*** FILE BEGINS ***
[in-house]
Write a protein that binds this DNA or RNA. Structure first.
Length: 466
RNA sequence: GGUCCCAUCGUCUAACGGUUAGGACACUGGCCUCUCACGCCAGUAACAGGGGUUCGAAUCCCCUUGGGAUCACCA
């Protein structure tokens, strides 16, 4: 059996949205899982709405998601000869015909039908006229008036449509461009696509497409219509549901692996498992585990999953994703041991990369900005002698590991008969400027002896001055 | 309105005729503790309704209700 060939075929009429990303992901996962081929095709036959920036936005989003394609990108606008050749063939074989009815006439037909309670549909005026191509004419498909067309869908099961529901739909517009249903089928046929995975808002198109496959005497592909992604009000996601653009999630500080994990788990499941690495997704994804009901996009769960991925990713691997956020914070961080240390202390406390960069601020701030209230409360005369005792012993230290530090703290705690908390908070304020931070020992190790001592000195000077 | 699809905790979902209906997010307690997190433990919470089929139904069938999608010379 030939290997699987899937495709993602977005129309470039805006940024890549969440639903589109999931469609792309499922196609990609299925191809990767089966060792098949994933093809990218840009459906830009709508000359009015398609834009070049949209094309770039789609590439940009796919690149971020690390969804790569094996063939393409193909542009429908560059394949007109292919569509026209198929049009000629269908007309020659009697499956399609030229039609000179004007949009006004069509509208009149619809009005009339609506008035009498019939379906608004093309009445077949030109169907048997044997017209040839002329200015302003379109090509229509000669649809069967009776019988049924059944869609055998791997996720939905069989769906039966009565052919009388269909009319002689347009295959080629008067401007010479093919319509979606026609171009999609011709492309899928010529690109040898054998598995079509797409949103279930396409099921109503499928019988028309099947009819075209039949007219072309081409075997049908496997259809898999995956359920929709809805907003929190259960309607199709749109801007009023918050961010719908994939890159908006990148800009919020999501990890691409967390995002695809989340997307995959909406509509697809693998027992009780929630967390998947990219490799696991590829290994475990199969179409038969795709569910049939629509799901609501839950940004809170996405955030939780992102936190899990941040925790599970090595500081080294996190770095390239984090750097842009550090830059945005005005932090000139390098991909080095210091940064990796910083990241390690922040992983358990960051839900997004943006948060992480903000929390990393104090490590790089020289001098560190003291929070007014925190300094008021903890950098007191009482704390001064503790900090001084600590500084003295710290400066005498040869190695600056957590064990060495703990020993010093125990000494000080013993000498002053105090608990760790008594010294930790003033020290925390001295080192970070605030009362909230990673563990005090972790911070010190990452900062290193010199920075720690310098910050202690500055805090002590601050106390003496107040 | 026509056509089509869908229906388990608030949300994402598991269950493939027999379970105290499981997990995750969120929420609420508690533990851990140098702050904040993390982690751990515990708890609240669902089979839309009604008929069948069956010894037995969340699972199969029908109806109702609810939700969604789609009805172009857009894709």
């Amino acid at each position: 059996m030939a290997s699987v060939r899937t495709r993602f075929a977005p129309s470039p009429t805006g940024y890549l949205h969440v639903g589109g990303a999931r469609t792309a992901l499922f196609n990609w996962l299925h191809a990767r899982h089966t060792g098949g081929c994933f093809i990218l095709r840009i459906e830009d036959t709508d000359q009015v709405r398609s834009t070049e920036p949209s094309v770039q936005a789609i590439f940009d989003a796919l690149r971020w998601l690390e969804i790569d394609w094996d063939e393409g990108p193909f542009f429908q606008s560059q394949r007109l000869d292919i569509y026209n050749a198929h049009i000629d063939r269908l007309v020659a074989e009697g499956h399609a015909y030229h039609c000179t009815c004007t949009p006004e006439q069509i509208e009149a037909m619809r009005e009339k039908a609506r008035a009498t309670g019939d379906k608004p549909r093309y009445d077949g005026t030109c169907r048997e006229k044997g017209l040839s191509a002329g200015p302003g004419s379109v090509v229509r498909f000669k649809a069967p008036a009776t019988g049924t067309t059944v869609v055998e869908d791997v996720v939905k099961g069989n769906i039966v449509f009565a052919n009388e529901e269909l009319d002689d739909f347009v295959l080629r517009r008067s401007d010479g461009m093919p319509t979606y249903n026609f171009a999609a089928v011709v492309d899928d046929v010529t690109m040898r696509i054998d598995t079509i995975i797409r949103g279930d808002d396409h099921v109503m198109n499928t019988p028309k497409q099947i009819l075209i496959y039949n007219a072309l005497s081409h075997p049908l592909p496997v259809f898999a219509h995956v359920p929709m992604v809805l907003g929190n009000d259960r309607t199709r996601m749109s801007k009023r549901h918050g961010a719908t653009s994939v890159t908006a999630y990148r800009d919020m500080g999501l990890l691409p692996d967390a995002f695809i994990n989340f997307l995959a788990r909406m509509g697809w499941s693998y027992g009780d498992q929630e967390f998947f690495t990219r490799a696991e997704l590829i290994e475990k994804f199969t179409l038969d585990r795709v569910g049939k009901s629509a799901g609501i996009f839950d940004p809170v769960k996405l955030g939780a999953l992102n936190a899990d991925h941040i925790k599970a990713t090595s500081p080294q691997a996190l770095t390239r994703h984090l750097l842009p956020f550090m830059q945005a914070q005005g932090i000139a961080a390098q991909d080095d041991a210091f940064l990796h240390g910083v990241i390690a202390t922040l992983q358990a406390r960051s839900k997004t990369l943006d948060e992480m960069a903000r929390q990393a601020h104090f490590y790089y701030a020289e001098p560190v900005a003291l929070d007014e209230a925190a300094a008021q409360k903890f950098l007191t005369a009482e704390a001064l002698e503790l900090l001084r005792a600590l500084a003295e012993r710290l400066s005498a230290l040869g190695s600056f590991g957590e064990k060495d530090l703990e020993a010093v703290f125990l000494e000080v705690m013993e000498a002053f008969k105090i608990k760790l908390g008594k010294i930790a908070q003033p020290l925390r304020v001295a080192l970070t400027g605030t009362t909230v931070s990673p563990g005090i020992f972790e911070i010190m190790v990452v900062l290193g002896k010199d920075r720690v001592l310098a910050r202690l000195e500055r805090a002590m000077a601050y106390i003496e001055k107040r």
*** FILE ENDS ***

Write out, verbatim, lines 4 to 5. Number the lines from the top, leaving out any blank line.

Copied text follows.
RNA sequence: GGUCCCAUCGUCUAACGGUUAGGACACUGGCCUCUCACGCCAGUAACAGGGGUUCGAAUCCCCUUGGGAUCACCA
């Protein structure tokens, strides 16, 4: 059996949205899982709405998601000869015909039908006229008036449509461009696509497409219509549901692996498992585990999953994703041991990369900005002698590991008969400027002896001055 | 309105005729503790309704209700 060939075929009429990303992901996962081929095709036959920036936005989003394609990108606008050749063939074989009815006439037909309670549909005026191509004419498909067309869908099961529901739909517009249903089928046929995975808002198109496959005497592909992604009000996601653009999630500080994990788990499941690495997704994804009901996009769960991925990713691997956020914070961080240390202390406390960069601020701030209230409360005369005792012993230290530090703290705690908390908070304020931070020992190790001592000195000077 | 699809905790979902209906997010307690997190433990919470089929139904069938999608010379 030939290997699987899937495709993602977005129309470039805006940024890549969440639903589109999931469609792309499922196609990609299925191809990767089966060792098949994933093809990218840009459906830009709508000359009015398609834009070049949209094309770039789609590439940009796919690149971020690390969804790569094996063939393409193909542009429908560059394949007109292919569509026209198929049009000629269908007309020659009697499956399609030229039609000179004007949009006004069509509208009149619809009005009339609506008035009498019939379906608004093309009445077949030109169907048997044997017209040839002329200015302003379109090509229509000669649809069967009776019988049924059944869609055998791997996720939905069989769906039966009565052919009388269909009319002689347009295959080629008067401007010479093919319509979606026609171009999609011709492309899928010529690109040898054998598995079509797409949103279930396409099921109503499928019988028309099947009819075209039949007219072309081409075997049908496997259809898999995956359920929709809805907003929190259960309607199709749109801007009023918050961010719908994939890159908006990148800009919020999501990890691409967390995002695809989340997307995959909406509509697809693998027992009780929630967390998947990219490799696991590829290994475990199969179409038969795709569910049939629509799901609501839950940004809170996405955030939780992102936190899990941040925790599970090595500081080294996190770095390239984090750097842009550090830059945005005005932090000139390098991909080095210091940064990796910083990241390690922040992983358990960051839900997004943006948060992480903000929390990393104090490590790089020289001098560190003291929070007014925190300094008021903890950098007191009482704390001064503790900090001084600590500084003295710290400066005498040869190695600056957590064990060495703990020993010093125990000494000080013993000498002053105090608990760790008594010294930790003033020290925390001295080192970070605030009362909230990673563990005090972790911070010190990452900062290193010199920075720690310098910050202690500055805090002590601050106390003496107040 | 026509056509089509869908229906388990608030949300994402598991269950493939027999379970105290499981997990995750969120929420609420508690533990851990140098702050904040993390982690751990515990708890609240669902089979839309009604008929069948069956010894037995969340699972199969029908109806109702609810939700969604789609009805172009857009894709």